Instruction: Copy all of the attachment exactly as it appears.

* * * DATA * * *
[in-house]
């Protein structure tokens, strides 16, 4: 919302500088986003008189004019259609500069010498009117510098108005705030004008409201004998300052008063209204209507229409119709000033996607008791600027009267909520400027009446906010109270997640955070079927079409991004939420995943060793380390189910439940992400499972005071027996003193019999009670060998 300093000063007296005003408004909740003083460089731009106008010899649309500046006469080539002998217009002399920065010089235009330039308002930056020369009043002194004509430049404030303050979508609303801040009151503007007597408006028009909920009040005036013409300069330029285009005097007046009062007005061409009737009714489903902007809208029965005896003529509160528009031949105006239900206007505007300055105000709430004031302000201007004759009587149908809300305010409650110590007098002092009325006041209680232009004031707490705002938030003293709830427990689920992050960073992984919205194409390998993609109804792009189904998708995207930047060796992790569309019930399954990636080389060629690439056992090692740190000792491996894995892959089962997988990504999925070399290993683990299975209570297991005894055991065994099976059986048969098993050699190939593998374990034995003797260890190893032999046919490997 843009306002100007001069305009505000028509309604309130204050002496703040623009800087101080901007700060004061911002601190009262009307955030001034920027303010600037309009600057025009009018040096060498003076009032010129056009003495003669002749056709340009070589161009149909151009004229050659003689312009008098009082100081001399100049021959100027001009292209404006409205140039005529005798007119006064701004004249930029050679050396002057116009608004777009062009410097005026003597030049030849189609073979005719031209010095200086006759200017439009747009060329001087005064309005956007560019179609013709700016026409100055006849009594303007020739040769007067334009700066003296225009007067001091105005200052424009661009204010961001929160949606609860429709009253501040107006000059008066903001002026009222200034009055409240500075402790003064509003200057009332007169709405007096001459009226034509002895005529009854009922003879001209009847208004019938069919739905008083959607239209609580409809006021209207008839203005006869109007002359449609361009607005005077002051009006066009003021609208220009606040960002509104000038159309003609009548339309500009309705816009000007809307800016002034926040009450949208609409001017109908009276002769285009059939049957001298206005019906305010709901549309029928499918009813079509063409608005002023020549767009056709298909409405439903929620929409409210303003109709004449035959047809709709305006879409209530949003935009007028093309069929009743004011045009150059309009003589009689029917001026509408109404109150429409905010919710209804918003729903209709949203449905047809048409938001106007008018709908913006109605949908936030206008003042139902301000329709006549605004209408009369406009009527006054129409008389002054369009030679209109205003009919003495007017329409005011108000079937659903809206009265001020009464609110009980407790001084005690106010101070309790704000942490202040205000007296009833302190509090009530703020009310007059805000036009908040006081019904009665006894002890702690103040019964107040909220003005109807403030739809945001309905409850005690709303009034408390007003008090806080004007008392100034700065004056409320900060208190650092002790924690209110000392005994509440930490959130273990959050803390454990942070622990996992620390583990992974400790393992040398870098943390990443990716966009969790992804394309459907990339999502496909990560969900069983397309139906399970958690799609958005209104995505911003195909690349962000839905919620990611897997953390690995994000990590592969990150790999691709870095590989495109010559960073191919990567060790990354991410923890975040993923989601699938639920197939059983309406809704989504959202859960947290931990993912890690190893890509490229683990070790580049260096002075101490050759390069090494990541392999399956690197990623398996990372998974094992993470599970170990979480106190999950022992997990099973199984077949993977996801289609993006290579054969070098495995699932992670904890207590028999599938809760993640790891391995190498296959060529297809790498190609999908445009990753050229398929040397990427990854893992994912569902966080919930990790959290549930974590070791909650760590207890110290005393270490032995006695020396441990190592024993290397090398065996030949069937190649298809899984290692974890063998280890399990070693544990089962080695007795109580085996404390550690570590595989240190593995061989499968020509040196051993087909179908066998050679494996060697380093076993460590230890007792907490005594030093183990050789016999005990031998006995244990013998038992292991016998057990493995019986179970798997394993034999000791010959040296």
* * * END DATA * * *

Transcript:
[in-house]
């Protein structure tokens, strides 16, 4: 919302500088986003008189004019259609500069010498009117510098108005705030004008409201004998300052008063209204209507229409119709000033996607008791600027009267909520400027009446906010109270997640955070079927079409991004939420995943060793380390189910439940992400499972005071027996003193019999009670060998 300093000063007296005003408004909740003083460089731009106008010899649309500046006469080539002998217009002399920065010089235009330039308002930056020369009043002194004509430049404030303050979508609303801040009151503007007597408006028009909920009040005036013409300069330029285009005097007046009062007005061409009737009714489903902007809208029965005896003529509160528009031949105006239900206007505007300055105000709430004031302000201007004759009587149908809300305010409650110590007098002092009325006041209680232009004031707490705002938030003293709830427990689920992050960073992984919205194409390998993609109804792009189904998708995207930047060796992790569309019930399954990636080389060629690439056992090692740190000792491996894995892959089962997988990504999925070399290993683990299975209570297991005894055991065994099976059986048969098993050699190939593998374990034995003797260890190893032999046919490997 843009306002100007001069305009505000028509309604309130204050002496703040623009800087101080901007700060004061911002601190009262009307955030001034920027303010600037309009600057025009009018040096060498003076009032010129056009003495003669002749056709340009070589161009149909151009004229050659003689312009008098009082100081001399100049021959100027001009292209404006409205140039005529005798007119006064701004004249930029050679050396002057116009608004777009062009410097005026003597030049030849189609073979005719031209010095200086006759200017439009747009060329001087005064309005956007560019179609013709700016026409100055006849009594303007020739040769007067334009700066003296225009007067001091105005200052424009661009204010961001929160949606609860429709009253501040107006000059008066903001002026009222200034009055409240500075402790003064509003200057009332007169709405007096001459009226034509002895005529009854009922003879001209009847208004019938069919739905008083959607239209609580409809006021209207008839203005006869109007002359449609361009607005005077002051009006066009003021609208220009606040960002509104000038159309003609009548339309500009309705816009000007809307800016002034926040009450949208609409001017109908009276002769285009059939049957001298206005019906305010709901549309029928499918009813079509063409608005002023020549767009056709298909409405439903929620929409409210303003109709004449035959047809709709305006879409209530949003935009007028093309069929009743004011045009150059309009003589009689029917001026509408109404109150429409905010919710209804918003729903209709949203449905047809048409938001106007008018709908913006109605949908936030206008003042139902301000329709006549605004209408009369406009009527006054129409008389002054369009030679209109205003009919003495007017329409005011108000079937659903809206009265001020009464609110009980407790001084005690106010101070309790704000942490202040205000007296009833302190509090009530703020009310007059805000036009908040006081019904009665006894002890702690103040019964107040909220003005109807403030739809945001309905409850005690709303009034408390007003008090806080004007008392100034700065004056409320900060208190650092002790924690209110000392005994509440930490959130273990959050803390454990942070622990996992620390583990992974400790393992040398870098943390990443990716966009969790992804394309459907990339999502496909990560969900069983397309139906399970958690799609958005209104995505911003195909690349962000839905919620990611897997953390690995994000990590592969990150790999691709870095590989495109010559960073191919990567060790990354991410923890975040993923989601699938639920197939059983309406809704989504959202859960947290931990993912890690190893890509490229683990070790580049260096002075101490050759390069090494990541392999399956690197990623398996990372998974094992993470599970170990979480106190999950022992997990099973199984077949993977996801289609993006290579054969070098495995699932992670904890207590028999599938809760993640790891391995190498296959060529297809790498190609999908445009990753050229398929040397990427990854893992994912569902966080919930990790959290549930974590070791909650760590207890110290005393270490032995006695020396441990190592024993290397090398065996030949069937190649298809899984290692974890063998280890399990070693544990089962080695007795109580085996404390550690570590595989240190593995061989499968020509040196051993087909179908066998050679494996060697380093076993460590230890007792907490005594030093183990050789016999005990031998006995244990013998038992292991016998057990493995019986179970798997394993034999000791010959040296």